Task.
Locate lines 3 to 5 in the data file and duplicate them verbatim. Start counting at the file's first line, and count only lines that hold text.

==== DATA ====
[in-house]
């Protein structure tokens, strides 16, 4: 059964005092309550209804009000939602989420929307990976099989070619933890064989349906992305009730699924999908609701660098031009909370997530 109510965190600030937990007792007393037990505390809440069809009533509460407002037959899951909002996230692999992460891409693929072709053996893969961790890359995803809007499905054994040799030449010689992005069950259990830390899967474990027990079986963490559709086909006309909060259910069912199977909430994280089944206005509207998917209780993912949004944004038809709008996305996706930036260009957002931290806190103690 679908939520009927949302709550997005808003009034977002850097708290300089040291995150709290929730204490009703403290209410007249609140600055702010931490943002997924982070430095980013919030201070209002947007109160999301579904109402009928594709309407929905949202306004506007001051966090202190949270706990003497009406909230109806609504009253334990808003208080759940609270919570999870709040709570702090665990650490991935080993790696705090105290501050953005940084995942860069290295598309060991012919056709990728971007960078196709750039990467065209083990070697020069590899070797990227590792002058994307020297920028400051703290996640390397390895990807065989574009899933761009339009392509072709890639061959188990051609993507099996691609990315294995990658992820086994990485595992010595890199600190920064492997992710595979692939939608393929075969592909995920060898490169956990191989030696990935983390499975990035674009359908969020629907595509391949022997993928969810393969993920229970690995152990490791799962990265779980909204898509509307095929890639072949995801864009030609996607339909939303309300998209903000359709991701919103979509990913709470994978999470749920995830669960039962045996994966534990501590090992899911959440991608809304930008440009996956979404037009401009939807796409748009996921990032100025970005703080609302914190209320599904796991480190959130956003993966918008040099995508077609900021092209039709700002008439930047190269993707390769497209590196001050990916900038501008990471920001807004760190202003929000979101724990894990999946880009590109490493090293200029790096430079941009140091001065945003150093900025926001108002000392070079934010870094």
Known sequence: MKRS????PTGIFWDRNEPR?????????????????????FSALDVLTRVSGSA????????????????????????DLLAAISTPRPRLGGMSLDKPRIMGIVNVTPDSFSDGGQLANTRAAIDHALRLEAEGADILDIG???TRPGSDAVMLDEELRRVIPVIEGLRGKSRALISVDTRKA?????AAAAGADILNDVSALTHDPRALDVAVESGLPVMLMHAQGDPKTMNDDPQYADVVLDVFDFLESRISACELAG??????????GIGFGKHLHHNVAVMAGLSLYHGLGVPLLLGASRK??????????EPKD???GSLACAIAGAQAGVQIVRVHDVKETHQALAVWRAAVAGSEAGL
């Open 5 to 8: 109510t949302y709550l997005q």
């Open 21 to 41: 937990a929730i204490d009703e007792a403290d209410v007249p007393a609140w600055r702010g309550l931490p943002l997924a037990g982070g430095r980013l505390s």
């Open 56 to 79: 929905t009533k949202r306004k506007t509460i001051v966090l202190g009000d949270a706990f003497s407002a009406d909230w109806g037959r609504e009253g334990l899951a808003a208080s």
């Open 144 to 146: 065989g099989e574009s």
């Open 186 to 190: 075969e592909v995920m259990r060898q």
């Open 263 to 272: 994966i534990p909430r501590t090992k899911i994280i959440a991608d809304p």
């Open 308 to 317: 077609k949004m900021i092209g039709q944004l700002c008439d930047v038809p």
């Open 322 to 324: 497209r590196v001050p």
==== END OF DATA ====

Known sequence: MKRS????PTGIFWDRNEPR?????????????????????FSALDVLTRVSGSA????????????????????????DLLAAISTPRPRLGGMSLDKPRIMGIVNVTPDSFSDGGQLANTRAAIDHALRLEAEGADILDIG???TRPGSDAVMLDEELRRVIPVIEGLRGKSRALISVDTRKA?????AAAAGADILNDVSALTHDPRALDVAVESGLPVMLMHAQGDPKTMNDDPQYADVVLDVFDFLESRISACELAG??????????GIGFGKHLHHNVAVMAGLSLYHGLGVPLLLGASRK??????????EPKD???GSLACAIAGAQAGVQIVRVHDVKETHQALAVWRAAVAGSEAGL
């Open 5 to 8: 109510t949302y709550l997005q």
């Open 21 to 41: 937990a929730i204490d009703e007792a403290d209410v007249p007393a609140w600055r702010g309550l931490p943002l997924a037990g982070g430095r980013l505390s």